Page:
Saturday, March 26, 2016


I've seen it happen many times before; a company makes a move to much smaller digs only to end up closing its doors for good, a few years or months later. Like many, I've worked for companies where this was the case. We hear how "it's good for the company", "things will stay the same", "it's still the same company", and so on... to the grave.

The Toronto Sun, which currently occupies a small fraction of the space in the building originally built to house them exclusively, is moving up from King Street E. to take office space at Postmedia headquarters on Bloor Street E., number 365 (which contains a clue, no doubt).

Today's issue of the Toronto Sun contains a story explaining the "when" but not the "why"; the "real why", not the official line of "there will be great opportunities for Sun Media and Postmedia to work together": They conveniently skirt around the issue...

The Sun's Big move
We say goodbye to our historic King St. location and hello to our new home on Bloor St.

There's a real story coded in that article. But, no surprise, the Toronto Sun is incapable of reporting the unedited truth, which is why I go to the Globe and Mail. While that paper is not perfect, at least it makes an effort to live up to the title of "newspaper", and the Globe is written above a Grade-3 reading level.

Check back here in about 365 days. I'd be willing to clear some space in my tool shed. Rent: $1 per month.

Saturday, March 19, 2016


Several times in the history of this blog I've posted thoughts on the old television series Space: 1999. It was created and produced by Gerry Anderson and his then wife, Sylvia.

Last weekend I took a look at what Sylvia Anderson was up to these days. (Gerry died back in December of 2012.) I also went on to her personal website and saw her comments about looking forward to production of the new Thunderbirds series. (Thunderbirds was a "Supermarionation" series that had been produced in the early to mid 1960s. It enjoys the largest following of all the Anderson shows and, in my opinion, it is their best... with the possible exception of UFO.)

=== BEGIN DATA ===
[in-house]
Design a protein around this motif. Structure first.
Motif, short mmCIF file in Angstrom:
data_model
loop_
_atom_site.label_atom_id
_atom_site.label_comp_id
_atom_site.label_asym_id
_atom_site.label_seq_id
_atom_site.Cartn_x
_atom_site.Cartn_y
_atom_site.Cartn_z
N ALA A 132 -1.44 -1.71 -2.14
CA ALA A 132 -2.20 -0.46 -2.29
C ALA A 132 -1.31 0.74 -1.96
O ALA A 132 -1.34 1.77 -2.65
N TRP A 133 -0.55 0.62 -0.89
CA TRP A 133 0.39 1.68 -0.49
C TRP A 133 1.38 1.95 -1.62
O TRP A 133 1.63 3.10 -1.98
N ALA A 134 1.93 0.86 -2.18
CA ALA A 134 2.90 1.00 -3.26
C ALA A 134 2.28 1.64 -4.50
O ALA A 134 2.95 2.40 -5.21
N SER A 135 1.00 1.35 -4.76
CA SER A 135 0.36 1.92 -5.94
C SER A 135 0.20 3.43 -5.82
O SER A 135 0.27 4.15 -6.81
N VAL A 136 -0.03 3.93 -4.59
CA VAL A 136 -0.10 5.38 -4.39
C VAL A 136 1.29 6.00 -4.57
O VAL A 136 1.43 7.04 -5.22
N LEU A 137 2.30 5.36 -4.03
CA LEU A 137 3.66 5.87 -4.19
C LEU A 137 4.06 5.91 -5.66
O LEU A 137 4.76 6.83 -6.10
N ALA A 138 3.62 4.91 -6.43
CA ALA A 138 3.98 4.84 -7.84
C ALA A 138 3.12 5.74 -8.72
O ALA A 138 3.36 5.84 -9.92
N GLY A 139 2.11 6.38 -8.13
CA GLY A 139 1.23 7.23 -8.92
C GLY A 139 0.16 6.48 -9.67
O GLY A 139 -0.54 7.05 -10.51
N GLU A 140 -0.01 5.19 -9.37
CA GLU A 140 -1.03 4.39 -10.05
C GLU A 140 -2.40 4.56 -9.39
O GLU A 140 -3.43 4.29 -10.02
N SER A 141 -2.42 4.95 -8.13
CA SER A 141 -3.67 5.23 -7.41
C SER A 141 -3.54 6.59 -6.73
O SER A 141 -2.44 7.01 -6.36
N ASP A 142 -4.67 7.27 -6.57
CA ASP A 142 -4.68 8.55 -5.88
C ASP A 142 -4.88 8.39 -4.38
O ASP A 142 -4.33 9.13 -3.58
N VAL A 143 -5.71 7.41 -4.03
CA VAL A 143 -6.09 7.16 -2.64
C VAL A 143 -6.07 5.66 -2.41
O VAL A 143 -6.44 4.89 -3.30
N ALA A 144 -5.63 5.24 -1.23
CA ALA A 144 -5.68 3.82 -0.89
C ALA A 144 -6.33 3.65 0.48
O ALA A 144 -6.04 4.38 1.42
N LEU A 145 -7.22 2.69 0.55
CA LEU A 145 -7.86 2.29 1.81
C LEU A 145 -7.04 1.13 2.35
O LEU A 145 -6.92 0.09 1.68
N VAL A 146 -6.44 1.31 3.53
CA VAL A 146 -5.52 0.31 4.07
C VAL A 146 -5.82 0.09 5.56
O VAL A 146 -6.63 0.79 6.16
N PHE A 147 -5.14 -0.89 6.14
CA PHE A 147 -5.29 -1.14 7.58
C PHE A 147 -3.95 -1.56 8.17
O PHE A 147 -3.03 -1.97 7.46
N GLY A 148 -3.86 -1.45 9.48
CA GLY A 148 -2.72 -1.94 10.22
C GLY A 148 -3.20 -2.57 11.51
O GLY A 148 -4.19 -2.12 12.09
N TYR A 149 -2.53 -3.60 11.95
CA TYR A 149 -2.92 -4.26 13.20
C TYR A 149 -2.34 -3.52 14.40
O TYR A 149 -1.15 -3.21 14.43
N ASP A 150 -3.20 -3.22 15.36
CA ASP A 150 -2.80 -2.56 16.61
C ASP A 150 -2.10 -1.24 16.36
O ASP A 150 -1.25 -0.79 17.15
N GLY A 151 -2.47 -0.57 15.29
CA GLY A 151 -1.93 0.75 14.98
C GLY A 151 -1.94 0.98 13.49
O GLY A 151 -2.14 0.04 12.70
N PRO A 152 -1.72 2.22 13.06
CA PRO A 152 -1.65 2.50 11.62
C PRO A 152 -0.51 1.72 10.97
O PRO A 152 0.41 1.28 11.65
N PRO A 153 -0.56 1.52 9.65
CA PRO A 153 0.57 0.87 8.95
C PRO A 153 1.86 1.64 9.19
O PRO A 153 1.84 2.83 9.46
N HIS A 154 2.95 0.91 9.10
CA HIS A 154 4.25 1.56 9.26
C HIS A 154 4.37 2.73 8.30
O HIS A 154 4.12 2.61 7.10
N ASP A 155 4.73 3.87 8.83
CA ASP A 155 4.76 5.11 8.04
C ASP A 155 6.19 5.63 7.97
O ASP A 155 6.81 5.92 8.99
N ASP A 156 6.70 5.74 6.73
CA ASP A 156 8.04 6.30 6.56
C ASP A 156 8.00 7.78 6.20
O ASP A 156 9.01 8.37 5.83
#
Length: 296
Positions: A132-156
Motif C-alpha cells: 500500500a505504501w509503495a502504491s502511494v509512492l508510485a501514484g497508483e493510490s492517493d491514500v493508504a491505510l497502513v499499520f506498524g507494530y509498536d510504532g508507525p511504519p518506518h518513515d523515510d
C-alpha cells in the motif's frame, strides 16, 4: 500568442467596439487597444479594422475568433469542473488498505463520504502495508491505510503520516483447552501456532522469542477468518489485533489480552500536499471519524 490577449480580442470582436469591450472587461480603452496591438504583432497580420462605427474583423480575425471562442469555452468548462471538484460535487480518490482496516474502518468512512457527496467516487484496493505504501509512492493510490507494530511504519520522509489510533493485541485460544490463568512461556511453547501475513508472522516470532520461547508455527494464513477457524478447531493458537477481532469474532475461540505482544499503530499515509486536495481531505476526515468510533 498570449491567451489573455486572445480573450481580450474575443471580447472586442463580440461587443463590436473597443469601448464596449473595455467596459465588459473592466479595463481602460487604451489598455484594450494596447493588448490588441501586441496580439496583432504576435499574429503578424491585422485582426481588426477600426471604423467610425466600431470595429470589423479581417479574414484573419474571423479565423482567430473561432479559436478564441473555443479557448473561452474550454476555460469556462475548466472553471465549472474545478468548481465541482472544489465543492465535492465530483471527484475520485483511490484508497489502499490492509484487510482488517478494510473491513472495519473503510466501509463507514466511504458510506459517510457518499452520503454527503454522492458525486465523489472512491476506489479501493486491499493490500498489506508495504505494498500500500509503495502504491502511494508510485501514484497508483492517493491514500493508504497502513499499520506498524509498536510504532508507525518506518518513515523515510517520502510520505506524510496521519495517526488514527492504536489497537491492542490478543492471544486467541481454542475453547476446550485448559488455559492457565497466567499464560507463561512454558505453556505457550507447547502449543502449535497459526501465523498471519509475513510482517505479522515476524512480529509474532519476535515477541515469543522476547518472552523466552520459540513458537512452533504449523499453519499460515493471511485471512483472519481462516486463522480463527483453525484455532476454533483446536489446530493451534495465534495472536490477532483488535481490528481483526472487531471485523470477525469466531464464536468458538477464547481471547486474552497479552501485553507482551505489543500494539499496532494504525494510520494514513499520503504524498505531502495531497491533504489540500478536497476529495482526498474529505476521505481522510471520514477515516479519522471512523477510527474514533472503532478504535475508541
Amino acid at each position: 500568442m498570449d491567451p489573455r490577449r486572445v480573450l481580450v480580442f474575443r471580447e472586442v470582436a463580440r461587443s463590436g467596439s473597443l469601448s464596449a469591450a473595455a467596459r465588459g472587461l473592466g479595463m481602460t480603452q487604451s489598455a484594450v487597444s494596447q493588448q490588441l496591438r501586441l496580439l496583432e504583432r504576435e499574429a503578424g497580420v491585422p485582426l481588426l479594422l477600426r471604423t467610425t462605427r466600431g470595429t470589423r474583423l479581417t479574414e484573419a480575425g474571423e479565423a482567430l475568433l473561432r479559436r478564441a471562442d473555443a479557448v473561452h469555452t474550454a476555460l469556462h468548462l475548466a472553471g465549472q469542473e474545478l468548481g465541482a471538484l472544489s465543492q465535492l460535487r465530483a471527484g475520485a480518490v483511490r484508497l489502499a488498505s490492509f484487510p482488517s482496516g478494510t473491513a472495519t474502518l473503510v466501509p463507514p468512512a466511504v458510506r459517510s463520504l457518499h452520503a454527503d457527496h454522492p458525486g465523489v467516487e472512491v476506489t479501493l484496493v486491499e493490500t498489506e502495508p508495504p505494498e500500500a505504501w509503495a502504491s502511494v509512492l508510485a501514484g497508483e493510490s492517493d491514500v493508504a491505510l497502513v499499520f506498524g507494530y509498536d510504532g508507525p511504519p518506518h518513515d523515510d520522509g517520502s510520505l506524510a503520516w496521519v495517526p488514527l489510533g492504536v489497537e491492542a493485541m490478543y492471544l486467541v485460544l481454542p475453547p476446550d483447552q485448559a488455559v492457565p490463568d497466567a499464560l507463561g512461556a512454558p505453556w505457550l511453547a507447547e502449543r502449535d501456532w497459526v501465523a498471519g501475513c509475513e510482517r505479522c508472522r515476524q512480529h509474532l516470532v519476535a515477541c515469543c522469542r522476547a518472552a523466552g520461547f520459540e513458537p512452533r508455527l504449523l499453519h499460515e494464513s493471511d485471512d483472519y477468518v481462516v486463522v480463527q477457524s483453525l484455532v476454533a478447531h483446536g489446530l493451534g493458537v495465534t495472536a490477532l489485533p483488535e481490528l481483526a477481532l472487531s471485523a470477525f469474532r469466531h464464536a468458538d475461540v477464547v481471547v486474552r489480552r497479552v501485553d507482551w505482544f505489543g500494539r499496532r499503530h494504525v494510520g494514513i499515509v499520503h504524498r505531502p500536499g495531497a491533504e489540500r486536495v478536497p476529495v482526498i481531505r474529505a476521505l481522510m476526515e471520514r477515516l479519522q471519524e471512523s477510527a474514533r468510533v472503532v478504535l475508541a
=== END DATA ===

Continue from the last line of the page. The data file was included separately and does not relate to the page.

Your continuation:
On Wednesday morning I awoke to the news, revealed to me via The Guardian, that the grand lady had passed away the day before (March 15th). At first I was saddened, of course, but was reminded that she lived to 88 years of age; as a matter of fact, Anderson died less than two weeks shy of what would have been her 89th birthday.

I remember listening to an interview with Ms Anderson a few years ago where she spoke of her applying for a job at a film production company back in 1957. She was a graduate of the London School of Economics ("I wanted to save the world...") and was looking for work, now that she was a single mom. What I remember most about Anderson's reminiscences was her recounting how she almost didn't get the job, not through failing the interview, but because she could not find the address of AP Films (Anderson-Provis). Sylvia Anderson, then "Sylvia Thamm", was seconds away from giving up, but before aborting her quest she happened to notice a small side street. It was the street she had been looking for. Just think, had she not decided to check it out Sylvia Thamm would have not become an "Anderson" and gone on to co-produce and co-create and help design all those "puppet shows" and UFO and Space: 1999.

I think that's a great story; a great "what if?". We all have those stories: "If only I had... I didn't realize they were right around the corner... If only I could go back and make sure I looked at the odd sign over what I thought was an automotive repair shop... Why didn't I call that number?...."

The odd thing is many people who gear up intending to enter and prosper as a creator/producer in the film and television business should probably not work in the "biz". They have nothing special in the way of talent, and offer little of note if anything at all. Sylvia Anderson was guided, perhaps, by some great force; someone or something knew this lady would wield influence through innate talent. Imagine that.

Look back at my previous posting on Ms Anderson; from July 12th, 2013...


(I would agree with her still on the casting of Space: 1999. Having seen, recently, more than a few episodes of that "near-miss" series, it's obvious one of the many things that would have helped it attain greater heights was if Robert Culp had have been cast as "John Koenig".)